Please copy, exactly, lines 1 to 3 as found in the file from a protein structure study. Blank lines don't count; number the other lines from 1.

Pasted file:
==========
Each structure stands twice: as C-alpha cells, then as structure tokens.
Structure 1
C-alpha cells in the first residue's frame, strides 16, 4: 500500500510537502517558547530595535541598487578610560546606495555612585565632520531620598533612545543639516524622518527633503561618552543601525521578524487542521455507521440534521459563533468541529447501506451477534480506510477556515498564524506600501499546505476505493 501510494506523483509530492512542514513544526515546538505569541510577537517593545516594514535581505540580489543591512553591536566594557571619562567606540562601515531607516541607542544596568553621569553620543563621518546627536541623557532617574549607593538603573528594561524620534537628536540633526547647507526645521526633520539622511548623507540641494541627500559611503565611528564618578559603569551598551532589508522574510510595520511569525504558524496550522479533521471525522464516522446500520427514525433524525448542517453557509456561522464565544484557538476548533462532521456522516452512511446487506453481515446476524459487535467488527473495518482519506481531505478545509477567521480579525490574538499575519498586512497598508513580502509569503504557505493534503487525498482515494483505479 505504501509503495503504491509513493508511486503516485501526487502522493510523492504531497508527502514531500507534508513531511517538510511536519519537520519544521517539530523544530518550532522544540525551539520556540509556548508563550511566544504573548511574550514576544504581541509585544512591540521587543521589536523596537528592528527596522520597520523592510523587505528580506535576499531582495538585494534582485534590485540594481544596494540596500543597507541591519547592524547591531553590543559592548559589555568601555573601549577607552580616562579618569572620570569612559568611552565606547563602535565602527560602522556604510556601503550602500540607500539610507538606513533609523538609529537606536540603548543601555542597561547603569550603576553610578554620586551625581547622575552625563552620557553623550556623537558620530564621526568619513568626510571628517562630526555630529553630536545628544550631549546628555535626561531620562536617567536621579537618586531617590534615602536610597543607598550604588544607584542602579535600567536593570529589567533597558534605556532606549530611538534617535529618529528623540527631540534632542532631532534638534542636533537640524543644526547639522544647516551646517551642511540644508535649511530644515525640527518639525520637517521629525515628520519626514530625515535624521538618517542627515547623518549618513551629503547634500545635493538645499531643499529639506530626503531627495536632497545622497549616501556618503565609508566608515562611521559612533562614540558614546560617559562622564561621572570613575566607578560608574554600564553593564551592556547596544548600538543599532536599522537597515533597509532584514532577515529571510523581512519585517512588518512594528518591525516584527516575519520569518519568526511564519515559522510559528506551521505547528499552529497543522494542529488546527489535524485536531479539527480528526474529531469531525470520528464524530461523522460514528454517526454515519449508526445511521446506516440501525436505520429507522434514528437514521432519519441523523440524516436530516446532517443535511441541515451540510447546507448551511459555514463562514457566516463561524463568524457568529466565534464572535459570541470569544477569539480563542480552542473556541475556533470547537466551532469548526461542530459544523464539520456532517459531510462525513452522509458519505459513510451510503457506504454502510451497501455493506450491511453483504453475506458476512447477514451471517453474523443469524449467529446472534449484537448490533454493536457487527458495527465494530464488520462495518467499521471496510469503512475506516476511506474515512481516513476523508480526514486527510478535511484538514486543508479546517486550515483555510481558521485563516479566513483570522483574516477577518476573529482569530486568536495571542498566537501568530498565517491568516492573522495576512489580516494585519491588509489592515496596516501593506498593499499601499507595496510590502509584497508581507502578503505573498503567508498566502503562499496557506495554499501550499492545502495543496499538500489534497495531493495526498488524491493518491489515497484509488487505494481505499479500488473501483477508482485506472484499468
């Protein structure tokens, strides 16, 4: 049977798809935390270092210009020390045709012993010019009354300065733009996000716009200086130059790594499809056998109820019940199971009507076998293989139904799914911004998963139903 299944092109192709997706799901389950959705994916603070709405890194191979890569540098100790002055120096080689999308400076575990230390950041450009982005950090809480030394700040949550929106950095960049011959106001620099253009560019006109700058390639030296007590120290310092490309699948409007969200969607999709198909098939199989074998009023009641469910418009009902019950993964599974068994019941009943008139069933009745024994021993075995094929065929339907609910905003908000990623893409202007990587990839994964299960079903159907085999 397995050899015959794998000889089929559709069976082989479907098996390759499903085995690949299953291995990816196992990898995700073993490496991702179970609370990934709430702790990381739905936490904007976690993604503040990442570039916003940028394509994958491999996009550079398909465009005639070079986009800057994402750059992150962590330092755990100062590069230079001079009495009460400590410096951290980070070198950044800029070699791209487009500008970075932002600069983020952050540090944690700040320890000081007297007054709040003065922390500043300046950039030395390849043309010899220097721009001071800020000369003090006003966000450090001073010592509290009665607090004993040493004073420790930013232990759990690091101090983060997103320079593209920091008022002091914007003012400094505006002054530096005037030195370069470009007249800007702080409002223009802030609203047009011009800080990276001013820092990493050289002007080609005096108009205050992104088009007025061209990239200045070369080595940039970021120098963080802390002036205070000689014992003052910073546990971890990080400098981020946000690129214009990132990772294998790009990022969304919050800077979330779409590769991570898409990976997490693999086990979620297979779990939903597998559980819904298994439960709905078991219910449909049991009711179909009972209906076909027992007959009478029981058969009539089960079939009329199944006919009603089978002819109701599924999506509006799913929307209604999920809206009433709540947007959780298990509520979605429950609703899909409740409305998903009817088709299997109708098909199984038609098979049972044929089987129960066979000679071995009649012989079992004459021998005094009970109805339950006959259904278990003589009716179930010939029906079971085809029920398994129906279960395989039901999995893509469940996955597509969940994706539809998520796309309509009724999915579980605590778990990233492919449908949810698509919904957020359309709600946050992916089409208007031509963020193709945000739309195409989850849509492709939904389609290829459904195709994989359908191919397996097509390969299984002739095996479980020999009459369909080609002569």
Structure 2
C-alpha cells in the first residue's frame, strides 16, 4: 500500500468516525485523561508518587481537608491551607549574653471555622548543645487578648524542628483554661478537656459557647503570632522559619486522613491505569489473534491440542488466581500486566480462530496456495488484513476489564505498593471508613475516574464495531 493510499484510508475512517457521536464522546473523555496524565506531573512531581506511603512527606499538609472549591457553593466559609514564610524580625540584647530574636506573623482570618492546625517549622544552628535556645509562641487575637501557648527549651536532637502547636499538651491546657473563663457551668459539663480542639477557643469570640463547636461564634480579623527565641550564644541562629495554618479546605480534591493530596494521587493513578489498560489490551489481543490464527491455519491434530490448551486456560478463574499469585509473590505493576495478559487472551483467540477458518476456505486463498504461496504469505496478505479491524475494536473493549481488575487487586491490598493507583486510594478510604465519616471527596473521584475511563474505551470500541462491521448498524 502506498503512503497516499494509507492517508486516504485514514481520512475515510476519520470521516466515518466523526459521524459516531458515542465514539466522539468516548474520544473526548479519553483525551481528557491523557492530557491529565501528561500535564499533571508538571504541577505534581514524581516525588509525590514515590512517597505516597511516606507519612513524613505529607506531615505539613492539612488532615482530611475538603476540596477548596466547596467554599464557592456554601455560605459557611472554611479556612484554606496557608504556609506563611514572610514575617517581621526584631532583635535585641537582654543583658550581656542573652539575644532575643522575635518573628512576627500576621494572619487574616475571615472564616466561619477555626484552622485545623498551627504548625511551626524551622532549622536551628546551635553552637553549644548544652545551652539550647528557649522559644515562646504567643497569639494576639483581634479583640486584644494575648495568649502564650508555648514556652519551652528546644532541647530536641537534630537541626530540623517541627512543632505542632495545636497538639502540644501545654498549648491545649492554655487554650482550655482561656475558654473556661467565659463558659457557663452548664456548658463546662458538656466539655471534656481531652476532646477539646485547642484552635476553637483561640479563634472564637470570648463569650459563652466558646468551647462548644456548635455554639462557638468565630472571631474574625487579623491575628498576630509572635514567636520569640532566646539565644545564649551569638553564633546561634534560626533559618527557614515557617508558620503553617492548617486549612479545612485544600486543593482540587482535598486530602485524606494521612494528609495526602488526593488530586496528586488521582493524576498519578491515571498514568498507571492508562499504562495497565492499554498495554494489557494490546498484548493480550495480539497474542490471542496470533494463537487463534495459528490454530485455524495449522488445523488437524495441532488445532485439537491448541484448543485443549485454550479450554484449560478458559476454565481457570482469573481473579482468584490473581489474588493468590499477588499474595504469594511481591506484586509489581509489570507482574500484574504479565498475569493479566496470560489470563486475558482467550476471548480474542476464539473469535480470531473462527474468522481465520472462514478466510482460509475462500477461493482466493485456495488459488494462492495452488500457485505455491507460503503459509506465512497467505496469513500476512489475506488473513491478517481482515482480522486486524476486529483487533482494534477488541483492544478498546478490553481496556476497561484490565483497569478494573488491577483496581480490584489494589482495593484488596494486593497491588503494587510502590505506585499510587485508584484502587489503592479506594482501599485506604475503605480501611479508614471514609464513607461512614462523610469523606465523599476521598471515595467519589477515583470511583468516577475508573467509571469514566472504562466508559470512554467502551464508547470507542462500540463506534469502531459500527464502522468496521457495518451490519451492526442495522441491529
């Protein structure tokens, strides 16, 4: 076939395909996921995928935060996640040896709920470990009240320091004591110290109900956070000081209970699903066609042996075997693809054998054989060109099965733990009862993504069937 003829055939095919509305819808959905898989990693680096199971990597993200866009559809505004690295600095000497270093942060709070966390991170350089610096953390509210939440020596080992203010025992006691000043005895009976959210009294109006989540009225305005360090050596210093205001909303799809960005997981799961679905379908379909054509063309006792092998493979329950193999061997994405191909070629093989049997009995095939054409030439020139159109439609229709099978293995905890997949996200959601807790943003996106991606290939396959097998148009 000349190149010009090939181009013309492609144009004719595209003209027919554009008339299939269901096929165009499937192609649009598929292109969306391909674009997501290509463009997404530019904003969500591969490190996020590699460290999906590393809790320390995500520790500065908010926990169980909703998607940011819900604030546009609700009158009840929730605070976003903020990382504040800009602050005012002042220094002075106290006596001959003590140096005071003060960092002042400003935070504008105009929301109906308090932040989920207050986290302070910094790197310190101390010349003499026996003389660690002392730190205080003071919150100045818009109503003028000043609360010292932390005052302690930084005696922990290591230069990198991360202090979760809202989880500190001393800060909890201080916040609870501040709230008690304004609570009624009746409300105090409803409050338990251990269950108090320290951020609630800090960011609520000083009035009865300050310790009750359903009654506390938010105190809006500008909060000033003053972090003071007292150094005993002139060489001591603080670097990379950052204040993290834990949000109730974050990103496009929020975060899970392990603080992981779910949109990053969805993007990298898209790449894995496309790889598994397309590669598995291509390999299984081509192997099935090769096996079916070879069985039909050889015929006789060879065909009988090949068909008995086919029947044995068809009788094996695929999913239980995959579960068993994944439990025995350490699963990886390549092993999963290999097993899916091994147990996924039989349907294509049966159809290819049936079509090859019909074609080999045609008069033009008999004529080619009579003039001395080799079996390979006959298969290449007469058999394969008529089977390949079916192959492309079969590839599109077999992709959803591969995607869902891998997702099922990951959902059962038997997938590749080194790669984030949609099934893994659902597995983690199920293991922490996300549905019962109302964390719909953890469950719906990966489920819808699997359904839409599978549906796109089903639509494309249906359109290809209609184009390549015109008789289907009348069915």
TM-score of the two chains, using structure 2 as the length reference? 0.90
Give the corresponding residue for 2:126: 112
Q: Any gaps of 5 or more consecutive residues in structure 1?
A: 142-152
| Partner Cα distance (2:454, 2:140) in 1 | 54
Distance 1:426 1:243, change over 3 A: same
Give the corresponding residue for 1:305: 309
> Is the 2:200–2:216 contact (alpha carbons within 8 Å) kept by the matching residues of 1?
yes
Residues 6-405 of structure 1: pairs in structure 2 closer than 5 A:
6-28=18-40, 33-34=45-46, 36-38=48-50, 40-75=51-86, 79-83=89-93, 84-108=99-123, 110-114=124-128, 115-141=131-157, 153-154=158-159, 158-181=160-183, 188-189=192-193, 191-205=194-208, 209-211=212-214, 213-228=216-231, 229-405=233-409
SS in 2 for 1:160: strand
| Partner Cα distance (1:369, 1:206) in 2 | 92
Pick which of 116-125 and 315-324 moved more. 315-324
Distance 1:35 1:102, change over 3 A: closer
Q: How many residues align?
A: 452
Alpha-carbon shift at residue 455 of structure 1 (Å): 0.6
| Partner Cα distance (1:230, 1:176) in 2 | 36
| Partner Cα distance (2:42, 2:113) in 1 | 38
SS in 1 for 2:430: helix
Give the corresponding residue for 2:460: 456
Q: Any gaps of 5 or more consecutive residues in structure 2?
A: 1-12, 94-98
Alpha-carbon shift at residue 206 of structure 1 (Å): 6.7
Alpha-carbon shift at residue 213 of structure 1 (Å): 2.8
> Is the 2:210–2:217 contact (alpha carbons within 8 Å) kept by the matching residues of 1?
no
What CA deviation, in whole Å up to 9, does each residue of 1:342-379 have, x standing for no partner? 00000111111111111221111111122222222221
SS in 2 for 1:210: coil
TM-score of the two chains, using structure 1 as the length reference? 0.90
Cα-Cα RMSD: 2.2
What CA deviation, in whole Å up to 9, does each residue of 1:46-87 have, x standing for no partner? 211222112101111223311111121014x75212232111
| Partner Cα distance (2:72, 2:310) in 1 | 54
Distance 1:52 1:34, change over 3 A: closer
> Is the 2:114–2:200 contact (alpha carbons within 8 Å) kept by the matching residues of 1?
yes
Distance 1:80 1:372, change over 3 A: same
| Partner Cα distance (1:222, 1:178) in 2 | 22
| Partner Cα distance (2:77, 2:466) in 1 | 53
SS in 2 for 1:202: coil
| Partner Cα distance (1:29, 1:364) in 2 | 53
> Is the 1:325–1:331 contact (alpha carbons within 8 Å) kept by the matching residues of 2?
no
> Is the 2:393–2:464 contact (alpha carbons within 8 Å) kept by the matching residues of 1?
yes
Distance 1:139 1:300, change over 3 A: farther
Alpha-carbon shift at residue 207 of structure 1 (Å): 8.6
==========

Each structure stands twice: as C-alpha cells, then as structure tokens.
Structure 1
C-alpha cells in the first residue's frame, strides 16, 4: 500500500510537502517558547530595535541598487578610560546606495555612585565632520531620598533612545543639516524622518527633503561618552543601525521578524487542521455507521440534521459563533468541529447501506451477534480506510477556515498564524506600501499546505476505493 501510494506523483509530492512542514513544526515546538505569541510577537517593545516594514535581505540580489543591512553591536566594557571619562567606540562601515531607516541607542544596568553621569553620543563621518546627536541623557532617574549607593538603573528594561524620534537628536540633526547647507526645521526633520539622511548623507540641494541627500559611503565611528564618578559603569551598551532589508522574510510595520511569525504558524496550522479533521471525522464516522446500520427514525433524525448542517453557509456561522464565544484557538476548533462532521456522516452512511446487506453481515446476524459487535467488527473495518482519506481531505478545509477567521480579525490574538499575519498586512497598508513580502509569503504557505493534503487525498482515494483505479 505504501509503495503504491509513493508511486503516485501526487502522493510523492504531497508527502514531500507534508513531511517538510511536519519537520519544521517539530523544530518550532522544540525551539520556540509556548508563550511566544504573548511574550514576544504581541509585544512591540521587543521589536523596537528592528527596522520597520523592510523587505528580506535576499531582495538585494534582485534590485540594481544596494540596500543597507541591519547592524547591531553590543559592548559589555568601555573601549577607552580616562579618569572620570569612559568611552565606547563602535565602527560602522556604510556601503550602500540607500539610507538606513533609523538609529537606536540603548543601555542597561547603569550603576553610578554620586551625581547622575552625563552620557553623550556623537558620530564621526568619513568626510571628517562630526555630529553630536545628544550631549546628555535626561531620562536617567536621579537618586531617590534615602536610597543607598550604588544607584542602579535600567536593570529589567533597558534605556532606549530611538534617535529618529528623540527631540534632542532631532534638534542636533537640524543644526547639522544647516551646517551642511540644508535649511530644515525640527518639525520637517521629525515628520519626514530625515535624521538618517542627515547623518549618513551629503547634500545635493538645499531643499529639506530626503531627495536632497545622497549616501556618503565609508566608515562611521559612533562614540558614546560617559562622564561621572570613575566607578560608574554600564553593564551592556547596544548600538543599532536599522537597515533597509532584514532577515529571510523581512519585517512588518512594528518591525516584527516575519520569518519568526511564519515559522510559528506551521505547528499552529497543522494542529488546527489535524485536531479539527480528526474529531469531525470520528464524530461523522460514528454517526454515519449508526445511521446506516440501525436505520429507522434514528437514521432519519441523523440524516436530516446532517443535511441541515451540510447546507448551511459555514463562514457566516463561524463568524457568529466565534464572535459570541470569544477569539480563542480552542473556541475556533470547537466551532469548526461542530459544523464539520456532517459531510462525513452522509458519505459513510451510503457506504454502510451497501455493506450491511453483504453475506458476512447477514451471517453474523443469524449467529446472534449484537448490533454493536457487527458495527465494530464488520462495518467499521471496510469503512475506516476511506474515512481516513476523508480526514486527510478535511484538514486543508479546517486550515483555510481558521485563516479566513483570522483574516477577518476573529482569530486568536495571542498566537501568530498565517491568516492573522495576512489580516494585519491588509489592515496596516501593506498593499499601499507595496510590502509584497508581507502578503505573498503567508498566502503562499496557506495554499501550499492545502495543496499538500489534497495531493495526498488524491493518491489515497484509488487505494481505499479500488473501483477508482485506472484499468